That's generally a good starting point, but incomplete.

So in the next stage, I begin finalizing the course curriculum inside of a Notion database. I create a new spreadsheet (and database) for each course, and then each row of the database become one lesson ("Lecture" in Teachable terms).

The database has a few important properties:

  • Chapter #
  • Lesson #
  • Lesson Title
  • Status
  • Slide Progress
  • Attachments
  • Assignment

There are a few other properties I use, but those aren't as important.

Here's what my full course database looks like:

To start, I just create a whole bunch of rows in the Lesson Title property. Anything related to this Concept that I think I want to cover I'll add as a new Row in the database.

After I brain dump a bunch of video topics that I feel are crucial for this course, I start to clean things up. I start by categorizing each video based on a phase or stage of the process – usually giving it some sort of title.

For BABM, I ended up with a few clear chapters:

  • Welcome
  • Concept
  • Pre-Launch
  • Launch
  • Post-Launch
  • Next Steps

I number those Chapters in order to start to sort the database in a linear fashion.

Then I go Chapter by Chapter and combine some Lessons together, split Lessons apart, or add additional Lessons to ensure I cover everything important. As a general rule of thumb, I want each Lesson to have one single, clear learning objective that is obvious from the title.

Lessons in BABM include:

  • Your Membership’s Purpose
  • Pricing & Financial Modeling
  • Choosing A Platform
  • Designing Your Brand
  • Hiring and Capacity Planning

Then I put those Lessons in order within each chapter.

At some point, when I feel like I have a Lesson that will capture all the necessary information that I want to share, I am satisfied with the Curriculum Outline.

For BABM, I shared the outline on Twitter:

This allowed me to both gather feedback and generate a little hype around the course that is still in presale.

Scripting

Once I have the full course curriculum laid out in my Notion database, I start creating the content for each Lesson.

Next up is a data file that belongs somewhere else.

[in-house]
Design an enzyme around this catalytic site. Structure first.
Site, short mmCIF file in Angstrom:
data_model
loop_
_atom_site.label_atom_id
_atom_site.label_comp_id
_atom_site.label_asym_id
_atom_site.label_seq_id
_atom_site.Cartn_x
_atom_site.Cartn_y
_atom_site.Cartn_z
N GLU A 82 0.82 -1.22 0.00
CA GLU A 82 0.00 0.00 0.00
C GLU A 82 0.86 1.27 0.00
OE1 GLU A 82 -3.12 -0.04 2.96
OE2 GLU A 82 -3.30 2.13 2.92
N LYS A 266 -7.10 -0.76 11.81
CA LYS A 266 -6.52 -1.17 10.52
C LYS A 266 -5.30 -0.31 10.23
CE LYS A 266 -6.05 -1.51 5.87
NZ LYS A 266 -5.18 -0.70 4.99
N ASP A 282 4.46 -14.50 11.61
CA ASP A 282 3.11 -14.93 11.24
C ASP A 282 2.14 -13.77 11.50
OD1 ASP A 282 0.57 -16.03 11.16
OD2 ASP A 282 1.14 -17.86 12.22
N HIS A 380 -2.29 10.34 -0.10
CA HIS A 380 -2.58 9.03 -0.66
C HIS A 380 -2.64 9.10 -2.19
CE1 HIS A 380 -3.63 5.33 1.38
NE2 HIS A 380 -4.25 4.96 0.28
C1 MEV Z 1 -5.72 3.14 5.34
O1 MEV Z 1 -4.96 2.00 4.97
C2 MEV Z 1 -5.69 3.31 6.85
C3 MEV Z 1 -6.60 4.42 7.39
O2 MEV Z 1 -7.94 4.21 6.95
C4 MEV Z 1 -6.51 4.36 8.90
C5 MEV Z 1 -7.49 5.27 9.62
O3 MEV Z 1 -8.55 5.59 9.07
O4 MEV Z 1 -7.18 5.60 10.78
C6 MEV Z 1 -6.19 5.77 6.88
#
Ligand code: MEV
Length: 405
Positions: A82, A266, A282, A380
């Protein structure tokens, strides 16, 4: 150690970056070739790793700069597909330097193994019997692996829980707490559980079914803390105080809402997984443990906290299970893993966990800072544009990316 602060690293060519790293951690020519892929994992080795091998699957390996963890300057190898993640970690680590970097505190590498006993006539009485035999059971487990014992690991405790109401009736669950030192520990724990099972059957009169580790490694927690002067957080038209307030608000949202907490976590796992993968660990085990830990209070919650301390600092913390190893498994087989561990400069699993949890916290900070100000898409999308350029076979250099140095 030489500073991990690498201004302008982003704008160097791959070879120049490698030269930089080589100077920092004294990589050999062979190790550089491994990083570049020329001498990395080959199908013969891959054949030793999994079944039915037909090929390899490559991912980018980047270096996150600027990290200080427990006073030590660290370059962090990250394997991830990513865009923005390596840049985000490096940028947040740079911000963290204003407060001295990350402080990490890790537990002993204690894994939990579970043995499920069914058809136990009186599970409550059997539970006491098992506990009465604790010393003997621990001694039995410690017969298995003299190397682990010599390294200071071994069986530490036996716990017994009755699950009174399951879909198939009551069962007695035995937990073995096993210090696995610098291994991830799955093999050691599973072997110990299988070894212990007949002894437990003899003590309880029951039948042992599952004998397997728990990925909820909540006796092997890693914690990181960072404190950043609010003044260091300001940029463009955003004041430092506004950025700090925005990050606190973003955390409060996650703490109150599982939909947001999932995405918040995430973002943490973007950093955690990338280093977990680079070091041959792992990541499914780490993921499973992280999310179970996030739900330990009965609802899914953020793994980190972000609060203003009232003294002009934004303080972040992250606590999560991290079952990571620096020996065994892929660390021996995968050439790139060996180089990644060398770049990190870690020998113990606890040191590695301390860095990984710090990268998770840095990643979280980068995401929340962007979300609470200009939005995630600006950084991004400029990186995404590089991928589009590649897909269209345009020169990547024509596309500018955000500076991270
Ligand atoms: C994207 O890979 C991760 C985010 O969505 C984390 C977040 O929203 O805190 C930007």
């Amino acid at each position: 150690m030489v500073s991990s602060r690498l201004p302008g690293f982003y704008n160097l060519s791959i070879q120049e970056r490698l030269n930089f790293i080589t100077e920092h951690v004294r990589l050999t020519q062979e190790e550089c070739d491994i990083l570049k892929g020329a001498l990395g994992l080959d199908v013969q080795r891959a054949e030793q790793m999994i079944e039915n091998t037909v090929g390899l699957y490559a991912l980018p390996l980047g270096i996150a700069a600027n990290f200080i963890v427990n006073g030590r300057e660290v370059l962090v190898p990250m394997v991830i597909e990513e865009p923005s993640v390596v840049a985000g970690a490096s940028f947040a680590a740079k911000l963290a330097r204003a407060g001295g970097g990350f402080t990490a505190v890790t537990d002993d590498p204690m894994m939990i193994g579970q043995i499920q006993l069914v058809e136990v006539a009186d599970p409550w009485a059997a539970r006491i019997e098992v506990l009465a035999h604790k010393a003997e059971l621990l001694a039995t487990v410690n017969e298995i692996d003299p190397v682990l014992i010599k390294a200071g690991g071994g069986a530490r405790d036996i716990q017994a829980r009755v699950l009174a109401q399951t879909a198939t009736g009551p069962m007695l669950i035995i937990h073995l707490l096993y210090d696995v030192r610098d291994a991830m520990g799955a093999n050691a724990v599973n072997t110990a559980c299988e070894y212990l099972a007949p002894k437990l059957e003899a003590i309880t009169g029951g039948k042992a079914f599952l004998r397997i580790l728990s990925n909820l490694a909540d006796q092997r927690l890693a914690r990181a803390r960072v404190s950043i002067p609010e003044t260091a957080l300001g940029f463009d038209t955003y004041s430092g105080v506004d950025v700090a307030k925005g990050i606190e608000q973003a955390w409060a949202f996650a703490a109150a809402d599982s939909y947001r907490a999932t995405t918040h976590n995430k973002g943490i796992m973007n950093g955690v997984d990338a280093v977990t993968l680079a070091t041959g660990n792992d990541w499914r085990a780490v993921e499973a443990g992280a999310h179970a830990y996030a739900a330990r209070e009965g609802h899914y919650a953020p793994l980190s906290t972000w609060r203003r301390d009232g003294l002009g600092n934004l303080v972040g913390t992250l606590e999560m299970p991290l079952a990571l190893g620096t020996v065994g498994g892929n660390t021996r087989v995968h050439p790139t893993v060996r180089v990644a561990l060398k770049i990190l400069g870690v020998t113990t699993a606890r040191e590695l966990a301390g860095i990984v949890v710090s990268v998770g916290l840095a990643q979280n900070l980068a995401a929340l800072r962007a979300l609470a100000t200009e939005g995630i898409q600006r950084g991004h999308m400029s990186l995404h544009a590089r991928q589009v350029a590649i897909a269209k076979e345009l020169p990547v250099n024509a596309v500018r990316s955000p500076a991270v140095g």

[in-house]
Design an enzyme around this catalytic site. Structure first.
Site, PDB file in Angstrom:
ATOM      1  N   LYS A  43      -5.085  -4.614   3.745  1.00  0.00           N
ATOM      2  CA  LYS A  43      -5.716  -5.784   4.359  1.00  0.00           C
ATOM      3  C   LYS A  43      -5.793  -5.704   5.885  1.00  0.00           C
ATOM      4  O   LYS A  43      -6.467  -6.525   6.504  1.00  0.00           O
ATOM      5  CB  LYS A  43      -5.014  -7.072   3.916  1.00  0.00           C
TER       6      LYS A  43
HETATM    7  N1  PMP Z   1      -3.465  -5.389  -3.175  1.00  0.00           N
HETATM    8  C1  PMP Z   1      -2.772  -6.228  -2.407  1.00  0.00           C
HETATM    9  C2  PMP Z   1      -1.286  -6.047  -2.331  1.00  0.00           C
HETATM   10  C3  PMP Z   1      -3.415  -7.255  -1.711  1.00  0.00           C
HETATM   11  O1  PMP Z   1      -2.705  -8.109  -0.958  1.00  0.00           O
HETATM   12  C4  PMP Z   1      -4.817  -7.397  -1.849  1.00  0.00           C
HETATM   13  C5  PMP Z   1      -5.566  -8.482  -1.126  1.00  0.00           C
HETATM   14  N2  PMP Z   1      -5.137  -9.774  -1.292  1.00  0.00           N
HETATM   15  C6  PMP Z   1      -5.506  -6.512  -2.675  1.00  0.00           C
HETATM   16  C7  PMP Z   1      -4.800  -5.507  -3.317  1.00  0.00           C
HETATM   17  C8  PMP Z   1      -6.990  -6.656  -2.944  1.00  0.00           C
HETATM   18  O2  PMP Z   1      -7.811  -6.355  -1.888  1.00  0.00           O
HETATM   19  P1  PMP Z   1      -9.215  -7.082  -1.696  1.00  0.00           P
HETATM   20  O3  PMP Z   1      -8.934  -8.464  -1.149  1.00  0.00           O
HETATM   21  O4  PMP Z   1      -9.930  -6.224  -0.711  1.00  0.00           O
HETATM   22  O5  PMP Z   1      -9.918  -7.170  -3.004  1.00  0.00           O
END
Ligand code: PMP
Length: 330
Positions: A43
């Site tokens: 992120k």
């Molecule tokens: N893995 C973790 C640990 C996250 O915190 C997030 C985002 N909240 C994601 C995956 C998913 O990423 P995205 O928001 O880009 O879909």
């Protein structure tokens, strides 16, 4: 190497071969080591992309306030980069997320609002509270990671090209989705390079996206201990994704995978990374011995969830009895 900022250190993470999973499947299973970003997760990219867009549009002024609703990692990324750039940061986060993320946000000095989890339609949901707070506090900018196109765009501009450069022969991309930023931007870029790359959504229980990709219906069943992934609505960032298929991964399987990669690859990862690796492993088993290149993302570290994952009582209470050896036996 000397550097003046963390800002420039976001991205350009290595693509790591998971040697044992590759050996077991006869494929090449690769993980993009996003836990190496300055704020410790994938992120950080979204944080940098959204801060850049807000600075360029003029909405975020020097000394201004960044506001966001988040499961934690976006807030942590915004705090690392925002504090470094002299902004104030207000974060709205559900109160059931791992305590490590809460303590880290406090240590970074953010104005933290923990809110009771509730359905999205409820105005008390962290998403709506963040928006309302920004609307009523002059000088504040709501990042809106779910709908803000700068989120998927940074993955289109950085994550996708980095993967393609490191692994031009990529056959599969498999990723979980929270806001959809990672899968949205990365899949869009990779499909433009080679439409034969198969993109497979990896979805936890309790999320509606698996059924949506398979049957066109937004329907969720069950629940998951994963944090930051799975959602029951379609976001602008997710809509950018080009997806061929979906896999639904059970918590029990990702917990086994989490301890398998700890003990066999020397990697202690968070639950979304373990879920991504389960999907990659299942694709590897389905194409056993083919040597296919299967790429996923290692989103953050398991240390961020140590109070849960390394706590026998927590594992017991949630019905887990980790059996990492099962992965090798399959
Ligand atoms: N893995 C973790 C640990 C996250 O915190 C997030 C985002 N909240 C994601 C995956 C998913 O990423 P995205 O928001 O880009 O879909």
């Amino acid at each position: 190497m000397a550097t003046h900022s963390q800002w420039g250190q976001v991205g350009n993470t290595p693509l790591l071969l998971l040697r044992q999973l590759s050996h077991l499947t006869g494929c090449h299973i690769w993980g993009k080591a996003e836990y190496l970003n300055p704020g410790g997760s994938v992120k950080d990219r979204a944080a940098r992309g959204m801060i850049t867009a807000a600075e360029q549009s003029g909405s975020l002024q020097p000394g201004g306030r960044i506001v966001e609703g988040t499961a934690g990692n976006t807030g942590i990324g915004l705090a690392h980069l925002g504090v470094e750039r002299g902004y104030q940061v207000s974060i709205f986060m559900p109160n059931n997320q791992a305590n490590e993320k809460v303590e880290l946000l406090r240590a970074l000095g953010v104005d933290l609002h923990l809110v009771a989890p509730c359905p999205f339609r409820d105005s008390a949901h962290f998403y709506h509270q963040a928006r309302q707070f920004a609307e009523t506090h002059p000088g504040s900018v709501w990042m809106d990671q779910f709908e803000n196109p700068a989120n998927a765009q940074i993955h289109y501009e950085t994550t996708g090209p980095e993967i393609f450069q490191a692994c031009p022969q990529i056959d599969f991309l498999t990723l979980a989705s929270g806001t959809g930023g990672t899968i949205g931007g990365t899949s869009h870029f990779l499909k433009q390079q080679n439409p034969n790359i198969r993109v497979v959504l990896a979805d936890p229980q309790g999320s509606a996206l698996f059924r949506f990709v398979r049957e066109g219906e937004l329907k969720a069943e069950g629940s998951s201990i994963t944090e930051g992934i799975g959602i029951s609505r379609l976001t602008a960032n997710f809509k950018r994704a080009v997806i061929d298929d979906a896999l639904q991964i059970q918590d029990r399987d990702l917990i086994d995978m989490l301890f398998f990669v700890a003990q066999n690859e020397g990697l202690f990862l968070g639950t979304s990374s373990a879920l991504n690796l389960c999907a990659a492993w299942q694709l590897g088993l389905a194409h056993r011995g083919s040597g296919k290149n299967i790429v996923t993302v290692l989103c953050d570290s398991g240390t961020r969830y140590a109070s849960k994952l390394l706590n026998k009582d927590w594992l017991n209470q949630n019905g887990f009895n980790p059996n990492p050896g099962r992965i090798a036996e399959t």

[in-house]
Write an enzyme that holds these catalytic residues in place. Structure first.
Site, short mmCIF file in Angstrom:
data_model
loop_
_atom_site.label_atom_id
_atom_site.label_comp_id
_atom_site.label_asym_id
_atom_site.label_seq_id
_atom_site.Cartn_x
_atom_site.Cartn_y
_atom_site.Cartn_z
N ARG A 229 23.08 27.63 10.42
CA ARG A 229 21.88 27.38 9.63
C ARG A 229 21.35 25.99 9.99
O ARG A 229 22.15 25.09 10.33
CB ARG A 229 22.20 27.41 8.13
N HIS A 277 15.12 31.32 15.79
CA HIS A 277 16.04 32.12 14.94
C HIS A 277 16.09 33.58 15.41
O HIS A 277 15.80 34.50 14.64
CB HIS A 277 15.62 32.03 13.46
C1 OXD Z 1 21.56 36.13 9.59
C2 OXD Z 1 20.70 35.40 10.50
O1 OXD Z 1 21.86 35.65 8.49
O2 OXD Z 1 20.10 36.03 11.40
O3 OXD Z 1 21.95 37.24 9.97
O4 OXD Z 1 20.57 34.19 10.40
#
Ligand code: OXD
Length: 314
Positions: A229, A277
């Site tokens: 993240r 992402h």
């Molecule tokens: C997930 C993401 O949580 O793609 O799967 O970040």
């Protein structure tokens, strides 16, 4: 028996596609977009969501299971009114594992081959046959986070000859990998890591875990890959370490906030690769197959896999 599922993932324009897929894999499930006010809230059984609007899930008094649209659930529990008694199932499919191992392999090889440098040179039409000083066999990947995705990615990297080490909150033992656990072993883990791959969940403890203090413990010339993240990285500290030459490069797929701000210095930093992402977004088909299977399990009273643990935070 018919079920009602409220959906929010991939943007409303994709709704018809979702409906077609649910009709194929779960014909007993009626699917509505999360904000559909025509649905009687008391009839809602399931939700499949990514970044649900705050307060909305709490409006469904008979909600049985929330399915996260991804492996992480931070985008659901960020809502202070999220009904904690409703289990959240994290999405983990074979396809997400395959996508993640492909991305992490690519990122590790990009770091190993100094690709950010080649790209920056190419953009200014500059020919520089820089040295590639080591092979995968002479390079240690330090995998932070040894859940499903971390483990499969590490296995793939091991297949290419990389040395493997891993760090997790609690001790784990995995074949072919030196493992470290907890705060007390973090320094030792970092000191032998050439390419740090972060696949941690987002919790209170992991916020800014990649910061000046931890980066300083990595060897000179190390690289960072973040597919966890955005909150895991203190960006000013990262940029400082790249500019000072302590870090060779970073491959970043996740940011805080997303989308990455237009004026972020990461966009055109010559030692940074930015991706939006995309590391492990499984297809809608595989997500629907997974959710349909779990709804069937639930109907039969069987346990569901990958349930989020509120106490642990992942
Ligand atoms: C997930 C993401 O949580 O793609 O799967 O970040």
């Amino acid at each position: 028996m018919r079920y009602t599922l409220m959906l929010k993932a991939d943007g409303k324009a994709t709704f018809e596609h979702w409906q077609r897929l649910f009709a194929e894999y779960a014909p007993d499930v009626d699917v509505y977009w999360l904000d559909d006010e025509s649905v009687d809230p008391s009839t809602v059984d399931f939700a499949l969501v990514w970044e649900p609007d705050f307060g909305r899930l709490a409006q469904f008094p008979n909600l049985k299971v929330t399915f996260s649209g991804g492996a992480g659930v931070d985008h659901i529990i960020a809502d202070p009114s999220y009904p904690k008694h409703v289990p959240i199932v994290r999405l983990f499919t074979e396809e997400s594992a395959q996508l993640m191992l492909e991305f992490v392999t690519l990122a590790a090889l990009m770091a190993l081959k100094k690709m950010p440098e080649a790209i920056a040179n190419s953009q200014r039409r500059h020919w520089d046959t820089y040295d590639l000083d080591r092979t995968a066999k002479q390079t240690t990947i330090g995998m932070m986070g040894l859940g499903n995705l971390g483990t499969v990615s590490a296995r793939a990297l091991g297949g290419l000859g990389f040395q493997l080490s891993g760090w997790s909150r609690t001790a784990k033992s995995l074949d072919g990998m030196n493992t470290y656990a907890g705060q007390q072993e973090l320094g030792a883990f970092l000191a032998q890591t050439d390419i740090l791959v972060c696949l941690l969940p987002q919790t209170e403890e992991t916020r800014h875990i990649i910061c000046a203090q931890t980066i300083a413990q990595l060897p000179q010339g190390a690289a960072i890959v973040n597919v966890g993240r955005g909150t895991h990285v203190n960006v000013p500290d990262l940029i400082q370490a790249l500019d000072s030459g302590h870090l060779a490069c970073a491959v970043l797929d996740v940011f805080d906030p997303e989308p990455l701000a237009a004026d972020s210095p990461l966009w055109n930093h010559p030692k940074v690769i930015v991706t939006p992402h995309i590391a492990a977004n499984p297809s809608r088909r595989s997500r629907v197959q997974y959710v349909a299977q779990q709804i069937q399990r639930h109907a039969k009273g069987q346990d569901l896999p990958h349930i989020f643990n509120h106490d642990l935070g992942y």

This is another major benefit of this approach in Notion – each Lesson in this database has an associated Page. So I expand each Lesson and use the page to write down the points I want to cover in each lesson.

There are several ways you could do this:

  • Bullet points
  • Full scripts
  • Somewhere inbetween

When I created my last course, Podcast Like The Pros, I mostly created bullet points for each lesson. Then I used those bullet points as cues for what to cover when I spoke directly to the camera.

Podcast Like The Pros
How to produce a professional-sounding show on a shoestring budget

For this course, since I've had so much practice creating scripts for Creative Elements, I found it was almost easier for me to prepare full scripts for each lesson.

It took a LOT more time, but the result is more than 10,000 words which can be turned into short-form content, future YouTube videos, or even the start of a book!

Slides

I learned a lot about educational design during my time making courses for LinkedIn Learning. Something that I think about a lot is the different learning styles that people have – everyone has their own preferred method of learning.

There are typically three styles:

  • Visual (seeing the material)
  • Auditory (hearing the material)
  • Kinesthetic (doing the material)

A lot of self-paced courses are catered towards auditory learners – you get a whole lot of the instructor just speaking directly to the camera.

I'm a big visual learner – so I wanted to make my course much more visual than just ME talking to you.

So I decided to make slide decks for each Lesson. Not only does this really help visual learners, but it also:

  • Makes the course more polished
  • Creates assets than can be leveraged later (talks, workshops)
  • Provides visual cues while recording so that I don't need to memorize material

With 32 full Lessons, this became a LOT of slide-making. Thankfully, my scripting was structured in such a way that it made creating slides pretty straightforward, albeit time-intensive.